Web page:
The evenings, too, have a certain magic here. Dinner is announced by that day’s cook blowing a horn. Residents sit around a vast oak table and tuck into curries, broths and soups mopped up with homemade bread. On the night I stay, ratatouille is served with potatoes and salad. “Everything you’re eating is grown right here,” Ann Andrews-Mason tells me. “Apart from the butter. We can’t make that. Yet.”
The mass gathering – which this evening includes four volunteers staying at the commune for a week of work – somehow has the strange feeling of Christmas. “I get that,” says Lea. “When you produce your own food, eating it becomes a celebration. Dinner becomes an event every night.”
It is a way of life well known to student Grace French.
Although she no longer lives on site, the 19-year-old was born here – in the room next to where we speak – and stayed until she was 16.
When she talks of her childhood, it is of mud pies, camp fires, outdoor swimming. “I suppose it was pretty unique,” she nods. “But I never knew anything different. I enjoyed it. Until I became a teenager, maybe.”
And then? “I was on my phone a lot,” she says. “The lack of reception could get annoying.”
Certainly, life here has its challenges.
Rent is around £200 a month so most residents work part-time jobs in nearby Newport village as well as labouring on site. Electricity supplies can be unpredictable and sometimes go down. And decision-making, even for minor things like changing the cleaning rota, can drag on for weeks.
“You put proposals to a weekly meeting,” explains Lea. “Then they get discussed, amended, considered, taken forwarded, amended again, then, eventually, there’s a final vote. And all you did was suggest something like tidying the wellies more often.”
Probably the community’s finest hour was inspiring a historic change to Welsh planning law which has made it easier for others to set up similar off-grid homes and communities.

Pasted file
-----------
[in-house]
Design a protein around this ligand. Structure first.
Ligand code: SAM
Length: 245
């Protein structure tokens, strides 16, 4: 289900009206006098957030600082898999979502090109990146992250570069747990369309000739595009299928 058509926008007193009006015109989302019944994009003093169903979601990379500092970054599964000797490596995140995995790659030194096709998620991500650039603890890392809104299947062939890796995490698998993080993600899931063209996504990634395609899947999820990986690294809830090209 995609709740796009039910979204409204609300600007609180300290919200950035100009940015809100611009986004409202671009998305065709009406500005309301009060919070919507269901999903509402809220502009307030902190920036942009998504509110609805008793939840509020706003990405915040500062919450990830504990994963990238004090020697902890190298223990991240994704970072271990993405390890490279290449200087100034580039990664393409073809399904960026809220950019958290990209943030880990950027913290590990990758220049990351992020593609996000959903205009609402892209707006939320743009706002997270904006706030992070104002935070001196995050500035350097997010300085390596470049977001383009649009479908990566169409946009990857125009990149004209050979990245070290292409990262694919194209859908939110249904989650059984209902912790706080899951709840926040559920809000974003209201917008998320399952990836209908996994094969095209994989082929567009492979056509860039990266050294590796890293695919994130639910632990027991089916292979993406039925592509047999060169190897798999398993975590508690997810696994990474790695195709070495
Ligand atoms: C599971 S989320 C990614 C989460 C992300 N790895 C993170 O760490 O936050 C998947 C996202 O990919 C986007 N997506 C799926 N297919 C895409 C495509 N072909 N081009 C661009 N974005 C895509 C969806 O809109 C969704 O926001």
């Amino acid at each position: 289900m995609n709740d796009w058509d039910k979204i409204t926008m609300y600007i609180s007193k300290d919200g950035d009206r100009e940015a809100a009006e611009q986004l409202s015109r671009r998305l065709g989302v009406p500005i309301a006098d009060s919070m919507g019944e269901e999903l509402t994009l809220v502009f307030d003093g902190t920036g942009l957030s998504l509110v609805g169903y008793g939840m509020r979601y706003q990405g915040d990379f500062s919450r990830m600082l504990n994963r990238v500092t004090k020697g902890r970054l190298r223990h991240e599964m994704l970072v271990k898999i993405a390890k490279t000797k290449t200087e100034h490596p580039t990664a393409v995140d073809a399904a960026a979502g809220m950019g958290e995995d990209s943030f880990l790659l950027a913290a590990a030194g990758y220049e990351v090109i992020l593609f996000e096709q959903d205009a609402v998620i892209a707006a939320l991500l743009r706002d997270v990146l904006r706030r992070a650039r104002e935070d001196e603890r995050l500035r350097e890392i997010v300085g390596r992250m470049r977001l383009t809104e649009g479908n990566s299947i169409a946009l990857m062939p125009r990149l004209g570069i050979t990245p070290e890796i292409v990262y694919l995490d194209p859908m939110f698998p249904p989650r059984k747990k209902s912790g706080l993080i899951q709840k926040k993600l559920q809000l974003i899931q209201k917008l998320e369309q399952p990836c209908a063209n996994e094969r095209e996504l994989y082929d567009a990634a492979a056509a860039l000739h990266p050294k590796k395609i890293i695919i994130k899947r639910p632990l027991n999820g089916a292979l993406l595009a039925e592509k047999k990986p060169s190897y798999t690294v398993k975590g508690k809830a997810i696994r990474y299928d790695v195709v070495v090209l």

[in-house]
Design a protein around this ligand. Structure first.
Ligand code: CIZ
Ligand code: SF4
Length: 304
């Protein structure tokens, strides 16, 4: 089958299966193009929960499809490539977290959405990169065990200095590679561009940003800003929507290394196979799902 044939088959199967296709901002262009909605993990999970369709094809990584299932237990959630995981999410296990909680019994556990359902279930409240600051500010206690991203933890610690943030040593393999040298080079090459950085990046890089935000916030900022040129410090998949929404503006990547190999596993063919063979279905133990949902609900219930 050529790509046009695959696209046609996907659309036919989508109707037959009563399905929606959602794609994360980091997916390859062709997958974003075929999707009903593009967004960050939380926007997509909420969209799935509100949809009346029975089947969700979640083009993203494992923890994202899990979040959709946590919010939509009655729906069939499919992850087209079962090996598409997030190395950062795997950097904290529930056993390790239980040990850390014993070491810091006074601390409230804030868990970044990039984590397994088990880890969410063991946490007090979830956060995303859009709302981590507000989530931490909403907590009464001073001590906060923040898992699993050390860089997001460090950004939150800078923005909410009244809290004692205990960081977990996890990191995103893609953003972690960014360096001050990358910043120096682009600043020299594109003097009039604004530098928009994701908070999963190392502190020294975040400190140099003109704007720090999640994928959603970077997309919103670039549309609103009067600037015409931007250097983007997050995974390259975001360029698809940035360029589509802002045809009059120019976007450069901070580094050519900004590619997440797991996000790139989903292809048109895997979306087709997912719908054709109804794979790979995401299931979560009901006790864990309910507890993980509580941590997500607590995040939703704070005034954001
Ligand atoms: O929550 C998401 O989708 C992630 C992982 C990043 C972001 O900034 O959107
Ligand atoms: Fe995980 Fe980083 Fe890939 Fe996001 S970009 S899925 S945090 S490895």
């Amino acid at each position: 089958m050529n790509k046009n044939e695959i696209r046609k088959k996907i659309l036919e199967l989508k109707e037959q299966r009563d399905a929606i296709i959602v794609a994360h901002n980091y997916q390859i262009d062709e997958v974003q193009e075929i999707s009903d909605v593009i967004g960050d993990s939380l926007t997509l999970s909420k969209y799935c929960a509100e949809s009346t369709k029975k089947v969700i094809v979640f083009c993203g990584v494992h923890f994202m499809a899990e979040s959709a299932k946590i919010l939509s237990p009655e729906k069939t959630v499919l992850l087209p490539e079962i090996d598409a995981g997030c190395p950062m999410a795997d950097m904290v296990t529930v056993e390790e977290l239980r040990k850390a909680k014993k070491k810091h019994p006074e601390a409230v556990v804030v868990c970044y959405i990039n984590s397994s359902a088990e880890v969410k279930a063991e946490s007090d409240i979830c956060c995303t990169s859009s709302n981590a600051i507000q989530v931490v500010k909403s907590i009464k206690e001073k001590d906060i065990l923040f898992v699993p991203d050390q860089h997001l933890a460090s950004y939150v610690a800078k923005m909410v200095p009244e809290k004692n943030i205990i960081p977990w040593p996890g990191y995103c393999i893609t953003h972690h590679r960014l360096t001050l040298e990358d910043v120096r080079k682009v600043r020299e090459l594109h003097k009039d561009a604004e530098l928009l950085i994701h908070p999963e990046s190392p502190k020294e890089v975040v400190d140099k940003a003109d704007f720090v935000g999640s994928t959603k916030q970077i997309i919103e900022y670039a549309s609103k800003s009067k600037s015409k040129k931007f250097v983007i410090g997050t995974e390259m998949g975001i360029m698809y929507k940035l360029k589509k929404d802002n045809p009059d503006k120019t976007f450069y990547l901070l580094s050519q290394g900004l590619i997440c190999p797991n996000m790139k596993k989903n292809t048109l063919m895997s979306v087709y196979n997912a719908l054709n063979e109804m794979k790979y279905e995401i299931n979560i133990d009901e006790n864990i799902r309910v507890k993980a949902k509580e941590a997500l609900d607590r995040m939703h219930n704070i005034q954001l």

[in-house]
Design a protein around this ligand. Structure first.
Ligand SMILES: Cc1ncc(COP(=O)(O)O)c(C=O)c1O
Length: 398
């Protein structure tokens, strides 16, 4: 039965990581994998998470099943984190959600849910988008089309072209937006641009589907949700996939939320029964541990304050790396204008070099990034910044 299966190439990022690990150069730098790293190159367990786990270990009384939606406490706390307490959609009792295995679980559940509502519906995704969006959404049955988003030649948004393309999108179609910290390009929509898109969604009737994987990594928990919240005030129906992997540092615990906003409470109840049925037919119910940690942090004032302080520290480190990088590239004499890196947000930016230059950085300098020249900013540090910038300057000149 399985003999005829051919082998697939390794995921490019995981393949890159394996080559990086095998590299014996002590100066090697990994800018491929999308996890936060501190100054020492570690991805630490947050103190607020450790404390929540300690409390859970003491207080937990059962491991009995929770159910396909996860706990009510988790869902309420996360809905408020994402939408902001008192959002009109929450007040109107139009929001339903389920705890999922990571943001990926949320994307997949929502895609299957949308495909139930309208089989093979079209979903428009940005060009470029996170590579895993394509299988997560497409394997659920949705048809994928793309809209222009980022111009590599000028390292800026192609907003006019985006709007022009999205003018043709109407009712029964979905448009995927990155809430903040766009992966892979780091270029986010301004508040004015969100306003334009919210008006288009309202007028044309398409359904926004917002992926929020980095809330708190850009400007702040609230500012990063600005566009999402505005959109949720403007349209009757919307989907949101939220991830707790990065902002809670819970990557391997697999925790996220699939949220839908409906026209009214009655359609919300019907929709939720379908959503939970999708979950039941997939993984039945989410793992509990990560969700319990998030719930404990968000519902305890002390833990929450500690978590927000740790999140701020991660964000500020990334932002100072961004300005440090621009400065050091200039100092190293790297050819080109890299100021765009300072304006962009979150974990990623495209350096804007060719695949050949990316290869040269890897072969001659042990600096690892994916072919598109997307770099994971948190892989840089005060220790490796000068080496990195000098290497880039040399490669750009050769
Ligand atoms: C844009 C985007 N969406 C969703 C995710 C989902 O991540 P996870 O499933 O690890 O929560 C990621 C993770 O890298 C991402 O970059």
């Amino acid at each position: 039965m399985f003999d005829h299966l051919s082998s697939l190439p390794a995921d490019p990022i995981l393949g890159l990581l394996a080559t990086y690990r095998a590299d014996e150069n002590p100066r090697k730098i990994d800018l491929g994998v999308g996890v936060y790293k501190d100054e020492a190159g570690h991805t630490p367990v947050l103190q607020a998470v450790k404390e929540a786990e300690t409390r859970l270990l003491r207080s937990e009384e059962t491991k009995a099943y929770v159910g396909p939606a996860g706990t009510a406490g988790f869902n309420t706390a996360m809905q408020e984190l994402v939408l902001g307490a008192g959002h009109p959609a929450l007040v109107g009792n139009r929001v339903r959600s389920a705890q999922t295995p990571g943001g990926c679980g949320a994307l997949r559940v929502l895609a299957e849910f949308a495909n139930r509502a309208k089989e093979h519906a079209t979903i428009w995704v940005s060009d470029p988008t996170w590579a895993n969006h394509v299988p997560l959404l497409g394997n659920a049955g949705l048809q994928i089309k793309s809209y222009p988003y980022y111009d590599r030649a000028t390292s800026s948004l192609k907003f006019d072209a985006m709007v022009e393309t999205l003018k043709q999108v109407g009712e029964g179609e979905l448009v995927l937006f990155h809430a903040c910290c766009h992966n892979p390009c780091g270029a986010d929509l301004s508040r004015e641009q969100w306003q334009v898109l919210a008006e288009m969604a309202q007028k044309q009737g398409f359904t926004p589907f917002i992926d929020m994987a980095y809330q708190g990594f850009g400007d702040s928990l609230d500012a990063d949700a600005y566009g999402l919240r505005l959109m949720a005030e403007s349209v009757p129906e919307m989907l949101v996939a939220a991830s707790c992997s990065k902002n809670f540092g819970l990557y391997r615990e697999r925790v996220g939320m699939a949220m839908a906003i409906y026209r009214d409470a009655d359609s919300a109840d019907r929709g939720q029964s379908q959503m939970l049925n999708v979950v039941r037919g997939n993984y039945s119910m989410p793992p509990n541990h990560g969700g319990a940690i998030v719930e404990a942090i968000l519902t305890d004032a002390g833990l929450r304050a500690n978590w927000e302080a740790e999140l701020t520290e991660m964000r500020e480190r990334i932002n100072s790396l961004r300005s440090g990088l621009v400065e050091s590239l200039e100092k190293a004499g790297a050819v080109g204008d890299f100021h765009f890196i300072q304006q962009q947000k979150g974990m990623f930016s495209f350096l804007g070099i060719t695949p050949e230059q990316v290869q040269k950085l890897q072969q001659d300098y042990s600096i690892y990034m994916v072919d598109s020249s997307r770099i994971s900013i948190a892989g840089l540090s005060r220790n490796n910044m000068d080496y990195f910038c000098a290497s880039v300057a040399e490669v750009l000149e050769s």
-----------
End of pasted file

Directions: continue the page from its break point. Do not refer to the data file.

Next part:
That achievement dates back to Brithdir’s creation in 1994.
Oxford University graduates Julian Orbach and wife Emma bought the farm and land as a place to live out their ideals of simplicity and spirituality. But, as others joined them, a number of low-impact wooden buildings were constructed without planning permission.
When they were seen by the local authority in 1998 – an official in a low-flying plane spotted a solar panel glistening in the sun – the residents were ordered to pull the buildings down.
The discovery was described at the time as a “lost tribe” being found in Wales. Several newspapers, including this one, dispatched reporters to the scene. Many were confounded to find the place signposted and common knowledge in the area. “It’s quite surreal to hear you’re part of a lost tribe,” muses Tony Haigh, a Cambridge University maths graduate turned gardener who has lived here for 21 years. “Especially when you only live five minutes from a main road.”
Either way, a decade-long legal battle to retain the buildings ensued with the community arguing that, because the wooden structures allowed people to live self-sufficiently, while having almost zero environmental impact, they should be allowed to stay.
The Welsh government, with one eye on the need to reduce the country’s ecological footprint, eventually agreed: in 2008, it passed the One Planet Development law allowing the building of low-impact homes in protected planning areas as long as they provided their own energy and water.
More than 40 such developments have been approved across the country since.
“We always knew we were in the right,” says Tony. “I could never understand what these officials hoped to achieve by trying to move us. But then what does officialdom ever hope to achieve?”
The 69-year-old – originally from London – is the collective’s longest current resident: “I just like this way of life,” he says. “I like the community, the peace, being active every day. I’ve never wanted anything else.”
Having been here so long, he is confident Brithdir Mewr can now win its new fight for survival, too.
“They’d have to carry me out, anyway,” he says. “This is my home – I won’t be leaving quietly.”
For the time being, the 17 residents are hoping things don’t quite come to that.
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They have been given until early 2020 to show they can raise the money and will, this week, kickstart a crowdfunding campaign. It will be launched with an onsite party featuring – but of course – circle dancers.
If that initial fundraising goes well, they then plan to open a community share scheme offering anyone anywhere in the world the opportunity to invest in the set-up. The idea from there is that, if they raise enough to buy the land, they will then generate future income by setting up a range of onsite social enterprises including a Welsh language school, a farming retreat and a holiday campsite.
“It won’t be easy,” admits Lea, who is leading on the scheme. “But we have to try. We live in a time when governments everywhere are declaring climate emergencies because of the environmental damage our societies are causing the Earth, so it makes no sense to let Brithdir fail. The world needs what we are doing. It needs our 25 years’ experience in doing it. It would be a tragedy to lose this place.”